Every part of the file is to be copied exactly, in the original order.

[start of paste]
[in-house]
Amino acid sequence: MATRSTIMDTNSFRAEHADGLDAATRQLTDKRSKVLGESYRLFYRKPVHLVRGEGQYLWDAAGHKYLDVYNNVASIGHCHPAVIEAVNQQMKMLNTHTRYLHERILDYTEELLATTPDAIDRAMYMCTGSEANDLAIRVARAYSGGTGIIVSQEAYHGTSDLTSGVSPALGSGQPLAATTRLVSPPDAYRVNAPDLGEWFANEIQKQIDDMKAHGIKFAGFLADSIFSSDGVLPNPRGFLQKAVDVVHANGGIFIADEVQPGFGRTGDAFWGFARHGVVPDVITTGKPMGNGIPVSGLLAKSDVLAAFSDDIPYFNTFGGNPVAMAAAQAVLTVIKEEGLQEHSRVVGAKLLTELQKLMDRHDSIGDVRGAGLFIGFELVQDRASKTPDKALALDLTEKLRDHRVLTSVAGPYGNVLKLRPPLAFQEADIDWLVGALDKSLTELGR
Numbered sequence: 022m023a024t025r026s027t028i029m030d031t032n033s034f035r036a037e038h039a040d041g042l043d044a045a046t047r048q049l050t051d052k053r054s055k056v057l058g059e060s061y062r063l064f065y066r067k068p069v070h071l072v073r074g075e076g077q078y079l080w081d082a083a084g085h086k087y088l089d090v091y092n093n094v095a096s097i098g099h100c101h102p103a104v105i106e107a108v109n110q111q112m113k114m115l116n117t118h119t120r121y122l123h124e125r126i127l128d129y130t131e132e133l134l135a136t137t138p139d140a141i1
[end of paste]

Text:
[in-house]
Amino acid sequence: MATRSTIMDTNSFRAEHADGLDAATRQLTDKRSKVLGESYRLFYRKPVHLVRGEGQYLWDAAGHKYLDVYNNVASIGHCHPAVIEAVNQQMKMLNTHTRYLHERILDYTEELLATTPDAIDRAMYMCTGSEANDLAIRVARAYSGGTGIIVSQEAYHGTSDLTSGVSPALGSGQPLAATTRLVSPPDAYRVNAPDLGEWFANEIQKQIDDMKAHGIKFAGFLADSIFSSDGVLPNPRGFLQKAVDVVHANGGIFIADEVQPGFGRTGDAFWGFARHGVVPDVITTGKPMGNGIPVSGLLAKSDVLAAFSDDIPYFNTFGGNPVAMAAAQAVLTVIKEEGLQEHSRVVGAKLLTELQKLMDRHDSIGDVRGAGLFIGFELVQDRASKTPDKALALDLTEKLRDHRVLTSVAGPYGNVLKLRPPLAFQEADIDWLVGALDKSLTELGR
Numbered sequence: 022m023a024t025r026s027t028i029m030d031t032n033s034f035r036a037e038h039a040d041g042l043d044a045a046t047r048q049l050t051d052k053r054s055k056v057l058g059e060s061y062r063l064f065y066r067k068p069v070h071l072v073r074g075e076g077q078y079l080w081d082a083a084g085h086k087y088l089d090v091y092n093n094v095a096s097i098g099h100c101h102p103a104v105i106e107a108v109n110q111q112m113k114m115l116n117t118h119t120r121y122l123h124e125r126i127l128d129y130t131e132e133l134l135a136t137t138p139d140a141i1